Storage levels at historically low levels, trading prices higher than ever, partial reversal of transport flows: Transmission operators look back on an extraordinary winter. “Reports on reservoir levels are now almost as present in the media as weather forecasts. This shows, how central the gas infrastructure is for the entire energy supply and thus for Germany’s economic strength,” said FNB Gas Managing Director Inga Posch at the presentation of the Winter Review 2021/2022. “Against the backdrop of the ongoing Russian war in Ukraine, it also means that we now need to pick up the pace considerably in the transition to hydrogen.”
As early as the beginning of December 2021, i.e. even before Russia’s attack on Ukraine, the transmission system operators (TSOs) had identified unusually low storage levels as a potential risk for the necessary procurement of balancing energy. Together with the market area manager Trading Hub Europe (THE), they immediately took precautionary measures to secure the minimum services for a cold spell at the end of the winter. They successfully secured supplies, particularly in southern Germany, by issuing special tenders known as Long Term Options (LTOs).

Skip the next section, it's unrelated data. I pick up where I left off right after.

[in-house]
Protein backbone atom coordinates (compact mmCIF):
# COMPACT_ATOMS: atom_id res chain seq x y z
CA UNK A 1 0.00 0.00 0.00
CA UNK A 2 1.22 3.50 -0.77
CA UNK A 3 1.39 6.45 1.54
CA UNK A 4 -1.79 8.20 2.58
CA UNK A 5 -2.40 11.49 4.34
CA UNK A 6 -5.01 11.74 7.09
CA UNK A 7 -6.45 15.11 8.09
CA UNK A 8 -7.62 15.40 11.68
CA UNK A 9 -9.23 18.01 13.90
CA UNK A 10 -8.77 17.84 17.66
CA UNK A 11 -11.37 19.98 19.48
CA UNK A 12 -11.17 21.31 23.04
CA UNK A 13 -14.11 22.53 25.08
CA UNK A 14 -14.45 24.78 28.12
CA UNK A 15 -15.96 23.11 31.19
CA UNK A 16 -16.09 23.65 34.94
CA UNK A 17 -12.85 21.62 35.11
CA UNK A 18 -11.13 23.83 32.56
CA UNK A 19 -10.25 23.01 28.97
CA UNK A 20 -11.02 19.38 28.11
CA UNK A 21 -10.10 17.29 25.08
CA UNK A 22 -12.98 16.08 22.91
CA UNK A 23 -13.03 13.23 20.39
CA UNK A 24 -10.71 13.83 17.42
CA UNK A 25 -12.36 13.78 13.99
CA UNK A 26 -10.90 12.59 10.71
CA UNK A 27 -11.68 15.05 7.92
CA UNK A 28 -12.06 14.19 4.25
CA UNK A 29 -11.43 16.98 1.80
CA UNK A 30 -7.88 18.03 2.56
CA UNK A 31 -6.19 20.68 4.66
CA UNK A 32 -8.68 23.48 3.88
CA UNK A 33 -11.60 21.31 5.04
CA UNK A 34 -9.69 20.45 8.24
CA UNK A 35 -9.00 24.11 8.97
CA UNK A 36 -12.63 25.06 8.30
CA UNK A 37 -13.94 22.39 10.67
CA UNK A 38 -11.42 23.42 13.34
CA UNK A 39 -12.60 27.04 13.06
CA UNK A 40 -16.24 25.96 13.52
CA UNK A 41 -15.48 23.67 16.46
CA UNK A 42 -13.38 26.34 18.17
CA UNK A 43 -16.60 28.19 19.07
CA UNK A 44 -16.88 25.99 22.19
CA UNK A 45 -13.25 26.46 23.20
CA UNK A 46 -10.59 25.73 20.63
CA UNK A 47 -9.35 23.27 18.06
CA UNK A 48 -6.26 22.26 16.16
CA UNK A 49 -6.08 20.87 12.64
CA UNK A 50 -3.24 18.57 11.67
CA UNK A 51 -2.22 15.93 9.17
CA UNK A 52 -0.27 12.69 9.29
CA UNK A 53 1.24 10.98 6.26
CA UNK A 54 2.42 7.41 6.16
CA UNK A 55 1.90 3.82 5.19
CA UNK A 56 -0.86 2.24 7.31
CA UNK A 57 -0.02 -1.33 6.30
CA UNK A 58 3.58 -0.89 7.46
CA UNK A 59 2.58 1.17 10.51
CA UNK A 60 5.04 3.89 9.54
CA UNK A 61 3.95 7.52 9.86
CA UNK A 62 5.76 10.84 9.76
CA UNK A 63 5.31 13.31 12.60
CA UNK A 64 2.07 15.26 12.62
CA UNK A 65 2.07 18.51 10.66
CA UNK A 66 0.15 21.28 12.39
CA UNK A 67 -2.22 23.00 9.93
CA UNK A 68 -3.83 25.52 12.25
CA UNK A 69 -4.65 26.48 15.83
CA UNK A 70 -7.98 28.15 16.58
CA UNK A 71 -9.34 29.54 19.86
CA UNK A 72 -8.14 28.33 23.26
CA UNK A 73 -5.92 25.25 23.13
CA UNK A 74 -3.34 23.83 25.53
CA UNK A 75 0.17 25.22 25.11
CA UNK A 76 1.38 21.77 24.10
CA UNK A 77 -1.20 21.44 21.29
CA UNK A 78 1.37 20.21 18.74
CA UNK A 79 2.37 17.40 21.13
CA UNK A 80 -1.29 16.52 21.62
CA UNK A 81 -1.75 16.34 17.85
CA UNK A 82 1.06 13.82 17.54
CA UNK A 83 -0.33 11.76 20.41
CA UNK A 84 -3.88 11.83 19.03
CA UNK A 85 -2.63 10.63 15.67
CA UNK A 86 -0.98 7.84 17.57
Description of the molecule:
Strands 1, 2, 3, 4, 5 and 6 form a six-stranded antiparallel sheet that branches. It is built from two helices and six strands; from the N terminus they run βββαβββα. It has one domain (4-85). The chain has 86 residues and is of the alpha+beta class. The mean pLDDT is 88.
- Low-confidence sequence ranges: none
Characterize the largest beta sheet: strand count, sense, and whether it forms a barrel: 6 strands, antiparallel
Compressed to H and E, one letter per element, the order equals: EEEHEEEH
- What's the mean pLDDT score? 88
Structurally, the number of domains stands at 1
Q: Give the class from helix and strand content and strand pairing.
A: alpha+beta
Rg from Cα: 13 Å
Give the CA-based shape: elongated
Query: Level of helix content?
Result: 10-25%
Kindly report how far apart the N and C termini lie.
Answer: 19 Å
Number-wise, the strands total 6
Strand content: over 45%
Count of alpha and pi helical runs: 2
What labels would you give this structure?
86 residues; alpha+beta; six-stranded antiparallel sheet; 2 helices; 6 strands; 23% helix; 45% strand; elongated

Russia’s attack on Ukraine causes reversal of transport flows
Russia’s attack on Ukraine has further exacerbated the situation on natural gas markets in an unprecedented way. Prices have remained at a very high level, and the lack of shipments from the east has been offset by imports from the west, among other things. This resulted in a previously continuous east-west transport in the German transmission system being at least partially reversed into a west-east transport.
“We all wish for a quick end to the war. Nonetheless, the loss of Russian gas supplies – whether due to an EU embargo or a Russian supply freeze – has become a possible scenario that must be taken seriously,” said Dr. Thomas Gößmann, Chairman of the Board of FNB Gas. “We are preparing for this at both the national and European level with analyses and regular situation meetings.”
Rapid switch to Hydrogen without alternative
“One of the measures to deal with the crisis is imperative for transmission system operators to look at alternatives to natural gas. Because of geopolitical changes, the call for hydrogen is becoming even louder than it already is. If we want to break free from our dependence on Russian gas, and we must, there is no alternative to a rapid conversion of our network to hydrogen from the perspective of Germany as an industrial location. But this can only be done quickly and cheaply if policymakers now create an integrated planning and regulatory framework for natural gas and hydrogen and thus investment security,” Gößmann concluded.